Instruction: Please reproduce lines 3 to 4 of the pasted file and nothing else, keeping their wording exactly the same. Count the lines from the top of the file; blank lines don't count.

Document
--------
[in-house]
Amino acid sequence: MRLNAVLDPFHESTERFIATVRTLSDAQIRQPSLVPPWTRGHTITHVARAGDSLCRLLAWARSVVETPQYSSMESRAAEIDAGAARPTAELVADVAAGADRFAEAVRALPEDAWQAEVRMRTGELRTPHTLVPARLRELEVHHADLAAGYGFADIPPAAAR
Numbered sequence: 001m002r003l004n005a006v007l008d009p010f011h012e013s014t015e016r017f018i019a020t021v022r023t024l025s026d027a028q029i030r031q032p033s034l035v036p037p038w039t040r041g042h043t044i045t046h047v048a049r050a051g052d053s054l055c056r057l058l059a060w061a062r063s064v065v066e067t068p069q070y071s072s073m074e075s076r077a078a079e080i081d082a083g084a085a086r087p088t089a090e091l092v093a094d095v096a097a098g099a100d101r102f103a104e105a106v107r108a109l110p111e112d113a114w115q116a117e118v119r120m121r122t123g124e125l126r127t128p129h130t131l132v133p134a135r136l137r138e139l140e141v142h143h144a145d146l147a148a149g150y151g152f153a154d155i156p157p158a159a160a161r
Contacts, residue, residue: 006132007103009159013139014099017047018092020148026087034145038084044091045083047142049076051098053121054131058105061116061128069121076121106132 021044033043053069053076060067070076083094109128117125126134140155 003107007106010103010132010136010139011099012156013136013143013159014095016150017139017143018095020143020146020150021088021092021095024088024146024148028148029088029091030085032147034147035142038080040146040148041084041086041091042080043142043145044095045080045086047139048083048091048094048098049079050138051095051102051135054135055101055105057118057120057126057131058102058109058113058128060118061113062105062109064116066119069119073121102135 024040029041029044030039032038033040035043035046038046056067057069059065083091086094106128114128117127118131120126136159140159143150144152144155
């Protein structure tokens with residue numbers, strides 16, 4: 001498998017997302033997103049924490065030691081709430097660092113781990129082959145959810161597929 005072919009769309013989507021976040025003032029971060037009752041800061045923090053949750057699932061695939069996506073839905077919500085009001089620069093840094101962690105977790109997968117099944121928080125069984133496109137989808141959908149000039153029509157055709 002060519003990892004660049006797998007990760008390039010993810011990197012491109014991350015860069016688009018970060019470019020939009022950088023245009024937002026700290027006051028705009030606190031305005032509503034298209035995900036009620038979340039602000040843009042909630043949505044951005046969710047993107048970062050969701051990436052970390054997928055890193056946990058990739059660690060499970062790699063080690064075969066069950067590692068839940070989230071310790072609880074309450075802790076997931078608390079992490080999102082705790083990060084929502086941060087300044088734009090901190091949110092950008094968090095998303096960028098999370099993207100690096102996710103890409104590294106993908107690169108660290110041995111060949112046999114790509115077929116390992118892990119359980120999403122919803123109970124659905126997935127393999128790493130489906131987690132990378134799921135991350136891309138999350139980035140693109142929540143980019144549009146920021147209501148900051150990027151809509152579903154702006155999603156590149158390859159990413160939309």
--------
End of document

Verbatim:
Numbered sequence: 001m002r003l004n005a006v007l008d009p010f011h012e013s014t015e016r017f018i019a020t021v022r023t024l025s026d027a028q029i030r031q032p033s034l035v036p037p038w039t040r041g042h043t044i045t046h047v048a049r050a051g052d053s054l055c056r057l058l059a060w061a062r063s064v065v066e067t068p069q070y071s072s073m074e075s076r077a078a079e080i081d082a083g084a085a086r087p088t089a090e091l092v093a094d095v096a097a098g099a100d101r102f103a104e105a106v107r108a109l110p111e112d113a114w115q116a117e118v119r120m121r122t123g124e125l126r127t128p129h130t131l132v133p134a135r136l137r138e139l140e141v142h143h144a145d146l147a148a149g150y151g152f153a154d155i156p157p158a159a160a161r
Contacts, residue, residue: 006132007103009159013139014099017047018092020148026087034145038084044091045083047142049076051098053121054131058105061116061128069121076121106132 021044033043053069053076060067070076083094109128117125126134140155 003107007106010103010132010136010139011099012156013136013143013159014095016150017139017143018095020143020146020150021088021092021095024088024146024148028148029088029091030085032147034147035142038080040146040148041084041086041091042080043142043145044095045080045086047139048083048091048094048098049079050138051095051102051135054135055101055105057118057120057126057131058102058109058113058128060118061113062105062109064116066119069119073121102135 024040029041029044030039032038033040035043035046038046056067057069059065083091086094106128114128117127118131120126136159140159143150144152144155